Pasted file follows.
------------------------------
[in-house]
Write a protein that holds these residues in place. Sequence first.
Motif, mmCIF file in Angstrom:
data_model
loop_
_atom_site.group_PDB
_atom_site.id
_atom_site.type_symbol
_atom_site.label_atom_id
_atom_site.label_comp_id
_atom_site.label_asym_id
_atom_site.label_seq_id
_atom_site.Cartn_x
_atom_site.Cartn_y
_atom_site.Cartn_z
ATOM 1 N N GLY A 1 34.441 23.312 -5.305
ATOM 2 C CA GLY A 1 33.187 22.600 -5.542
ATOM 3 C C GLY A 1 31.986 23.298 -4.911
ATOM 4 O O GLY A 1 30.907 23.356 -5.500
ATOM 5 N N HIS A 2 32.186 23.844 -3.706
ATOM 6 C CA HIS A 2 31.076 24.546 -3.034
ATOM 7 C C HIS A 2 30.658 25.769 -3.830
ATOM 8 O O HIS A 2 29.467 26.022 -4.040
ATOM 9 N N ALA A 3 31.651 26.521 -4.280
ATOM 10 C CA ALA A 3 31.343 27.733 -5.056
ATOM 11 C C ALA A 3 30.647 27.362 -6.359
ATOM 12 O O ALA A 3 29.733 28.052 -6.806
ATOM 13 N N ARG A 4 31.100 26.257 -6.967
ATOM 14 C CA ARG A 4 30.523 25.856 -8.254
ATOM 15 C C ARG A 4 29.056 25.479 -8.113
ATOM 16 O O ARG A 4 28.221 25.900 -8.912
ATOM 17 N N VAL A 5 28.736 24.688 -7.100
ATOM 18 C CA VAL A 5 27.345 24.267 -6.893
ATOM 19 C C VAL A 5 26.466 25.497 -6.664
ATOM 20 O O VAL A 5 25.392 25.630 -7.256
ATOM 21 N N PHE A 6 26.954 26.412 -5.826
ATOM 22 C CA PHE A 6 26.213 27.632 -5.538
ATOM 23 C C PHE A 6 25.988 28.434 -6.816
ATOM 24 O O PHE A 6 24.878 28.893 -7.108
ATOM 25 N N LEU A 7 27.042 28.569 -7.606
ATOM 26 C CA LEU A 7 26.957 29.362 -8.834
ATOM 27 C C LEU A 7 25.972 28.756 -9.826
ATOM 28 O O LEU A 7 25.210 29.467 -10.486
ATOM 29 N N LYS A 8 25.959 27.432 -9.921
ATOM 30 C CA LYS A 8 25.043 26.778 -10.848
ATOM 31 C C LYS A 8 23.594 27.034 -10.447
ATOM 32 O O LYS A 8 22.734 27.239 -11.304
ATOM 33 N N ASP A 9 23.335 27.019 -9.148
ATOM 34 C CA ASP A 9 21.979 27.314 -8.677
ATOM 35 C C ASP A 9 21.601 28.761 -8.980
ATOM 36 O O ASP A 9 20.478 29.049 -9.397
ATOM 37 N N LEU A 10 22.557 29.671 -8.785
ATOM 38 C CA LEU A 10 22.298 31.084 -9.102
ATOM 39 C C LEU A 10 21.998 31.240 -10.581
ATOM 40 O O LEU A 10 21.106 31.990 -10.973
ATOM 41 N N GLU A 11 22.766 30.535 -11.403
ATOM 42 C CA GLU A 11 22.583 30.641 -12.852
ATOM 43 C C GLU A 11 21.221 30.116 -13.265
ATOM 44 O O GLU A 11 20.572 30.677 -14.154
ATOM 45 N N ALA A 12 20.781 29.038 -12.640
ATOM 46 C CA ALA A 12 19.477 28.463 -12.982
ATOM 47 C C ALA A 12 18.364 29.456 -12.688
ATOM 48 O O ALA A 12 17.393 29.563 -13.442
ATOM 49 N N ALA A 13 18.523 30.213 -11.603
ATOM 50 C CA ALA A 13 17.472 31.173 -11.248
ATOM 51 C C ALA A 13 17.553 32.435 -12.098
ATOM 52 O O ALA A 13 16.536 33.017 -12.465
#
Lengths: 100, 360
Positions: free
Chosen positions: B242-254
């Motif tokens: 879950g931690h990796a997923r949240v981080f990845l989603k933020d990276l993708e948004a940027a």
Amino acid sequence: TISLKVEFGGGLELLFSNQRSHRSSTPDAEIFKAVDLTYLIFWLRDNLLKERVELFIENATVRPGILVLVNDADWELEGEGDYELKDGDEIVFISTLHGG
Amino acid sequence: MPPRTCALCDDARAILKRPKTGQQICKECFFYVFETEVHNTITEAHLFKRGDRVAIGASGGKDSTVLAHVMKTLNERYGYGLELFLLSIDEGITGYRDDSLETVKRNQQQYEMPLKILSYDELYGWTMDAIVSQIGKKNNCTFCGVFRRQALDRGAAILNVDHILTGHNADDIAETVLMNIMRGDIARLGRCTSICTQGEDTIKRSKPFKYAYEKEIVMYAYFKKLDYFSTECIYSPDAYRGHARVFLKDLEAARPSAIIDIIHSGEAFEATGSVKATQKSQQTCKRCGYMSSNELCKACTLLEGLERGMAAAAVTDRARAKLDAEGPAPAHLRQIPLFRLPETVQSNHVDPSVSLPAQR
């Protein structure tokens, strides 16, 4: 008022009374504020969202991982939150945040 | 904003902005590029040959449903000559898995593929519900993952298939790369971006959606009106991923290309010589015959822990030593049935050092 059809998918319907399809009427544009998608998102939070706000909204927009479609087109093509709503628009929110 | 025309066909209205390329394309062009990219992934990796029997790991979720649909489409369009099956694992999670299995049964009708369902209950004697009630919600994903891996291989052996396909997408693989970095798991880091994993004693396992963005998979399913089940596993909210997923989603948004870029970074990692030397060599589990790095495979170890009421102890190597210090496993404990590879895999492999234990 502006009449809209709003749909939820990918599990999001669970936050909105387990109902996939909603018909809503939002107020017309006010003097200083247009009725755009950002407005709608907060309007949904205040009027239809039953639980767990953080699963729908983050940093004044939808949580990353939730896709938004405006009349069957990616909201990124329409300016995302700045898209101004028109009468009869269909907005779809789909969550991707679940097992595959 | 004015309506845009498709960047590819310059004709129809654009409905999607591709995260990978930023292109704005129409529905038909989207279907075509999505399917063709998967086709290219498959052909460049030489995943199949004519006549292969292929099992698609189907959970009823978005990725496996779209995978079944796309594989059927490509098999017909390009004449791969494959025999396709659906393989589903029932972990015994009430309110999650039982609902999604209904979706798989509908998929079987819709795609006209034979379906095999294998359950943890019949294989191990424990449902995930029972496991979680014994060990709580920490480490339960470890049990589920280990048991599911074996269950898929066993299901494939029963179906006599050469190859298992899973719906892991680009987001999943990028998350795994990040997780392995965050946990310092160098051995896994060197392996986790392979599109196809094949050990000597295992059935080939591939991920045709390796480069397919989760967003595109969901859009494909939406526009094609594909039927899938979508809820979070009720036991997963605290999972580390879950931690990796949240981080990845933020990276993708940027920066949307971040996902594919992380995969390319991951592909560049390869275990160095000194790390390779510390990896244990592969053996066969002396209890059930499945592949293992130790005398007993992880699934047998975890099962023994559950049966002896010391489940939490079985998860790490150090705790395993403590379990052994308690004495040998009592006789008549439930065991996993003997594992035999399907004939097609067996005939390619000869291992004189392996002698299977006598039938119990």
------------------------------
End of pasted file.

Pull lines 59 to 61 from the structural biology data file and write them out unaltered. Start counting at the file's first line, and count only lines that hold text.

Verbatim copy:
ATOM 44 O O GLU A 11 20.572 30.677 -14.154
ATOM 45 N N ALA A 12 20.781 29.038 -12.640
ATOM 46 C CA ALA A 12 19.477 28.463 -12.982